Our Supreme Court is awash in dark money influence. The American people may not be able to see all of the rot, but they can see enough to know that something is rotten over there across First Street at that court. — Sen. Sheldon Whitehouse (D-RI)
Our Supreme Court is awash in dark money influence. The American people may not be able to see all of the rot, but they can see enough to know that something is rotten over there across First Street at that court. — Sen. Sheldon Whitehouse (D-RI)
This member of Congress wants everyone to know about the 'dark money scheme' that's 'captured' the Supreme Court
  • Sen. Sheldon Whitehouse is fighting to end the "dark money" that he says is plaguing the Supreme Court.
  • The Rhode Island Democrat is referring to private groups using anonymous donations to advance their interests at the highest court.
For the ninth time this year, Sen. Sheldon Whitehouse gave a speech this week blasting right-wing anonymous donors whom he believes have "captured" the Supreme Court and "built" its current 6-3 conservative majority.

"Our Supreme Court is awash in dark money influence," the Rhode Island Democrat said on the Senate floor on Tuesday. "The American people may not be able to see all of the rot, but they can see enough to know that something is rotten over there across First Street at that court."

Unlike some members of his party, Whitehouse has steered clear of reform ideas such as adding more seats to the bench or setting term limits for justices. Instead, the three-term senator has been vehemently pushing for financial transparency in the third branch of government to expose how it's been influenced by a far-right conservative agenda.

Whitehouse, who chairs a key panel on the Senate Judiciary Committee, calls it a three-fold "scheme" — private groups use anonymous donations to groom Supreme Court candidates, promote and defend these nominees with political ad campaigns and later try to influence these justices in legal briefs filed without any financial disclosures.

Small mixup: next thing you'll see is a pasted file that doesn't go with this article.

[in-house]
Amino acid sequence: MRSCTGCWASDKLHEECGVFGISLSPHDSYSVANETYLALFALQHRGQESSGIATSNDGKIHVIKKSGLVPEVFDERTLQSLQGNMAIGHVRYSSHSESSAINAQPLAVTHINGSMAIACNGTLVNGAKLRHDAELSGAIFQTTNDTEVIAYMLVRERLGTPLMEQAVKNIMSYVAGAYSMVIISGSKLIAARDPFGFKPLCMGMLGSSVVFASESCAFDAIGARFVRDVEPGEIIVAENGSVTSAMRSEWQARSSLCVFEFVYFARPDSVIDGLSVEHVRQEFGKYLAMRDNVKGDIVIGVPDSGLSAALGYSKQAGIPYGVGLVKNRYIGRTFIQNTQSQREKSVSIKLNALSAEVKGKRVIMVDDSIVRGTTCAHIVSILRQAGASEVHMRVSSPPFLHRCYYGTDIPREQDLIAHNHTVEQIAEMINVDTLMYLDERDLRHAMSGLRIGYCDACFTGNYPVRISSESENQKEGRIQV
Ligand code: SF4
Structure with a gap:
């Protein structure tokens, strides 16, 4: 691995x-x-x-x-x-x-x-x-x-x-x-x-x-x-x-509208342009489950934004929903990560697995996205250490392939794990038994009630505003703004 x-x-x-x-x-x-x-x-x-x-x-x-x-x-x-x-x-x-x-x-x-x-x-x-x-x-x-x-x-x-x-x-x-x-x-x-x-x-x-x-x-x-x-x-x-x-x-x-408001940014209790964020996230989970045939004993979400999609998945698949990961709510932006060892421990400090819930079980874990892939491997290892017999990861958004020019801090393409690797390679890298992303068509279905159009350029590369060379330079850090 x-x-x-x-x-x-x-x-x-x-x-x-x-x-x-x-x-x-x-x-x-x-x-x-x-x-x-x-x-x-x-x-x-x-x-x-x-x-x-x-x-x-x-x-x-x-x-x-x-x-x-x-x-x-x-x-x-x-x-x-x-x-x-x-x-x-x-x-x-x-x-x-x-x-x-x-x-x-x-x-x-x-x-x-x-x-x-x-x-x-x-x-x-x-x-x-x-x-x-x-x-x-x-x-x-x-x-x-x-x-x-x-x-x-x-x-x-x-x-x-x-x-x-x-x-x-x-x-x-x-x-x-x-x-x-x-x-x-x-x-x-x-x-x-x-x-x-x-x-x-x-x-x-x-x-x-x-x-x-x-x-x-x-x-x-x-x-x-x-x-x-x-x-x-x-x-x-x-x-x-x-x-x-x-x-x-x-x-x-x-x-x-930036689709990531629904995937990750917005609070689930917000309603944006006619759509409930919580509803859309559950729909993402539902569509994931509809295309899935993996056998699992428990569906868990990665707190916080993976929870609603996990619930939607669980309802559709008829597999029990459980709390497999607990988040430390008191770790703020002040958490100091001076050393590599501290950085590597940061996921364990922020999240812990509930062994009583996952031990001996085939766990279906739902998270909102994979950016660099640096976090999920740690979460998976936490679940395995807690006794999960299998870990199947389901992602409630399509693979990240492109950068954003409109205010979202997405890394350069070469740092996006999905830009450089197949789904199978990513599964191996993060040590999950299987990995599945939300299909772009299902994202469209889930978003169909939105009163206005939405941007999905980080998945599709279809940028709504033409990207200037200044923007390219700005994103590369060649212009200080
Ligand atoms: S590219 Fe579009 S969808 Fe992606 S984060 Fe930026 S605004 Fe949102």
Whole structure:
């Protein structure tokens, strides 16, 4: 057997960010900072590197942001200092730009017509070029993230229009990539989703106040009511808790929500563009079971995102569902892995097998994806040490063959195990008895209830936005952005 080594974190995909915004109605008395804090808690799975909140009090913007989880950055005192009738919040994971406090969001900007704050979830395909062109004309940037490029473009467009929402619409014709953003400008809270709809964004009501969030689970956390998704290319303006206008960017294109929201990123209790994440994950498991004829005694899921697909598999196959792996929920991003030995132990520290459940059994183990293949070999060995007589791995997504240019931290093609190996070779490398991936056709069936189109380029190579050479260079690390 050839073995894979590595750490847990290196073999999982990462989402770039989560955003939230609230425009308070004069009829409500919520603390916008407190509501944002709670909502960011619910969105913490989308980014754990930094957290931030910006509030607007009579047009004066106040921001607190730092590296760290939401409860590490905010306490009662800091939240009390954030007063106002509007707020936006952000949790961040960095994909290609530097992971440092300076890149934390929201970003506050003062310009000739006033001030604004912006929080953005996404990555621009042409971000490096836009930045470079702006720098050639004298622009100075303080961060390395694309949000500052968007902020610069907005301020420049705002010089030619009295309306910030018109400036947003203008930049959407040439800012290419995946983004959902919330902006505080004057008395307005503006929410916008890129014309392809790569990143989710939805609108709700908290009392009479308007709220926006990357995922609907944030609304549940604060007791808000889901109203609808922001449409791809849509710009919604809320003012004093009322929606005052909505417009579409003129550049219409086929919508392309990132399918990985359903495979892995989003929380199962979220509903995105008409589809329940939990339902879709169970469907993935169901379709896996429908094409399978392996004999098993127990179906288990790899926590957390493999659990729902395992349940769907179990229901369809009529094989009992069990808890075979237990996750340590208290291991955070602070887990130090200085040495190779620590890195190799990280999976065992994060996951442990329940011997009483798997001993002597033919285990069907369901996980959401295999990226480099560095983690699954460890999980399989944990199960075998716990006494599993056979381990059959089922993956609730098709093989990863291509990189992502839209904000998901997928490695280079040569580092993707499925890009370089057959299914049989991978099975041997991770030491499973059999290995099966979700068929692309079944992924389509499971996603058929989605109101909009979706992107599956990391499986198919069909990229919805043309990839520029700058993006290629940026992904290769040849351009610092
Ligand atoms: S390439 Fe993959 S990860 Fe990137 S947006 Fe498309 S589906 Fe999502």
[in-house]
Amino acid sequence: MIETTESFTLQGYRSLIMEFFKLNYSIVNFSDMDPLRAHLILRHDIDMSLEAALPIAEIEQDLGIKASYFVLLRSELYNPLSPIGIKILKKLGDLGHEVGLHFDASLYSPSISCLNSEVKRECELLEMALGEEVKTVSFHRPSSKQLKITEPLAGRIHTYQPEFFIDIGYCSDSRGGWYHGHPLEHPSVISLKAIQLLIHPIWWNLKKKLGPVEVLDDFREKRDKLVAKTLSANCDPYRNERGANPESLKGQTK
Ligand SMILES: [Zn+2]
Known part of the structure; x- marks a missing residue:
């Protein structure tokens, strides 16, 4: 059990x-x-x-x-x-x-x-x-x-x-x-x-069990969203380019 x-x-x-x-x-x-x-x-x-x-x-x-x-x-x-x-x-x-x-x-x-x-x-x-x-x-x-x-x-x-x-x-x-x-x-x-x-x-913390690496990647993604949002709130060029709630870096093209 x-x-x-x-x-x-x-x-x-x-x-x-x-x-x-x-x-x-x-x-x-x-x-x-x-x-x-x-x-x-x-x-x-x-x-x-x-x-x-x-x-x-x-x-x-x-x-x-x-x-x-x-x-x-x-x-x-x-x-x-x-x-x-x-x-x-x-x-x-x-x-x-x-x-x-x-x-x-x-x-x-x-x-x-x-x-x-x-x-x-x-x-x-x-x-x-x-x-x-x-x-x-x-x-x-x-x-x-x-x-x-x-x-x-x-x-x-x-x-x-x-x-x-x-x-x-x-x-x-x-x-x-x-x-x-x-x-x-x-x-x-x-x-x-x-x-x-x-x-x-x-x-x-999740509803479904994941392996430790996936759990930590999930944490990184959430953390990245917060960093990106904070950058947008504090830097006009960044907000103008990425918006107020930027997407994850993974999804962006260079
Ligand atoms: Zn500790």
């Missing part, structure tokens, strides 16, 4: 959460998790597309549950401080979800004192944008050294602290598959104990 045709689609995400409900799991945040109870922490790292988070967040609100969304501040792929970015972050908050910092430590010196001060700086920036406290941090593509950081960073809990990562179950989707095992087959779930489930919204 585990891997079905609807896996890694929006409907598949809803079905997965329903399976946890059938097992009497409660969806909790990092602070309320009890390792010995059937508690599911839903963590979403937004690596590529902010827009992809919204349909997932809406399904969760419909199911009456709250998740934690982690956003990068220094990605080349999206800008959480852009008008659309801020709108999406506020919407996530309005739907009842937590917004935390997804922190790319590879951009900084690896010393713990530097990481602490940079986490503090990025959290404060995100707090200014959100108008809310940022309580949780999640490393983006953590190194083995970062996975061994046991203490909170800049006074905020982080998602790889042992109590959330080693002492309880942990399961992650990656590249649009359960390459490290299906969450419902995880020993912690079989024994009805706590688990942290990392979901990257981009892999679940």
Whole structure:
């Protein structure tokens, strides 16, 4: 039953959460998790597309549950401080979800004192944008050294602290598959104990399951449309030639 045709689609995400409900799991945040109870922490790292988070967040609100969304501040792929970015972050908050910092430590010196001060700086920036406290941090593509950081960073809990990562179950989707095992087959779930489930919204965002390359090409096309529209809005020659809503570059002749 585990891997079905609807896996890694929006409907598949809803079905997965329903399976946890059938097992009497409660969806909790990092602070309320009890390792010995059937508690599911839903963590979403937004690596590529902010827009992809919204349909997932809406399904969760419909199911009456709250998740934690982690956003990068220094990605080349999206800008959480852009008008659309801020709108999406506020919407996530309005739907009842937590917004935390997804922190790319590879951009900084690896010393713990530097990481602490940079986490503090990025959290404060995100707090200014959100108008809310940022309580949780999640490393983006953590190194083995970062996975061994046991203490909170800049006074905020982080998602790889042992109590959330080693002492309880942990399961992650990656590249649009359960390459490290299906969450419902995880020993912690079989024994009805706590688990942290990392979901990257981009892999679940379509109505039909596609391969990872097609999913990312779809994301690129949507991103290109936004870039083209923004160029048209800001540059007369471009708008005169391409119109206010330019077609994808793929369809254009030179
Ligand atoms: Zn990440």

"If it's the same people who paid for all of it, particularly if they're the same people who are funding politicians, then it becomes not just a problem, but potentially toxic," Whitehouse, 66, said in a recent interview with Insider.

According to the senator's findings, the effect of this operation is being played out during Supreme Court Chief Justice John Roberts' tenure, which has handed down at least 80 partisan decisions that advanced conservative interests.

"It's a terrible record," Whitehouse said.


When Whitehouse began investigating the matter years ago, he "had a general sense that things had gone off the rails" at the Supreme Court and wanted to do research to show "how big, special interests hiding behind dark money had been able to exert their power," he told Insider.

In a report published last year by the Harvard Journal on Legislation, Whitehouse laid out his evidence of the dark money trail by pointing to major Supreme Court decisions that delivered wins to conservatives. Those rulings included allowing unlimited corporate spending on political campaigns, reversing the rights of labor unions, and weakening voting rights.

The trend is only continuing, according to Whitehouse. What he finds most troubling is an increase in the number of legal briefs, known as amicus briefs, that are filed without any financial disclosure to convince the justices to rule a certain way.

"The rule of the court purports to say that you can't hide behind a front group. There's almost no other situation in court where somebody is allowed to come in and not identify themselves, and yet there is conspicuous non-enforcement of that rule, and it deprives the public of seeing the coordination among the phony front groups," Whitehouse said, adding that he doesn't "understand why the court doesn't clean that up itself."

In the current term, hundreds of briefs tied to a slew of contentious cases have been filed to the Supreme Court. One highly-watched case, concerning a Mississippi law that bans abortion after 15 weeks of pregnancy, has attracted dozens of briefs that express support for or opposition to the law.

"We're seeing in real time this vector of anonymous influence deploying in enormous numbers on these political cases and that's just a rotten site for a court to present to the country," Whitehouse said.
Read the full article: https://www.businessinsider.com/sheldon-whitehouse-fighting-to-end-dark-money-at-supreme-court-2021-11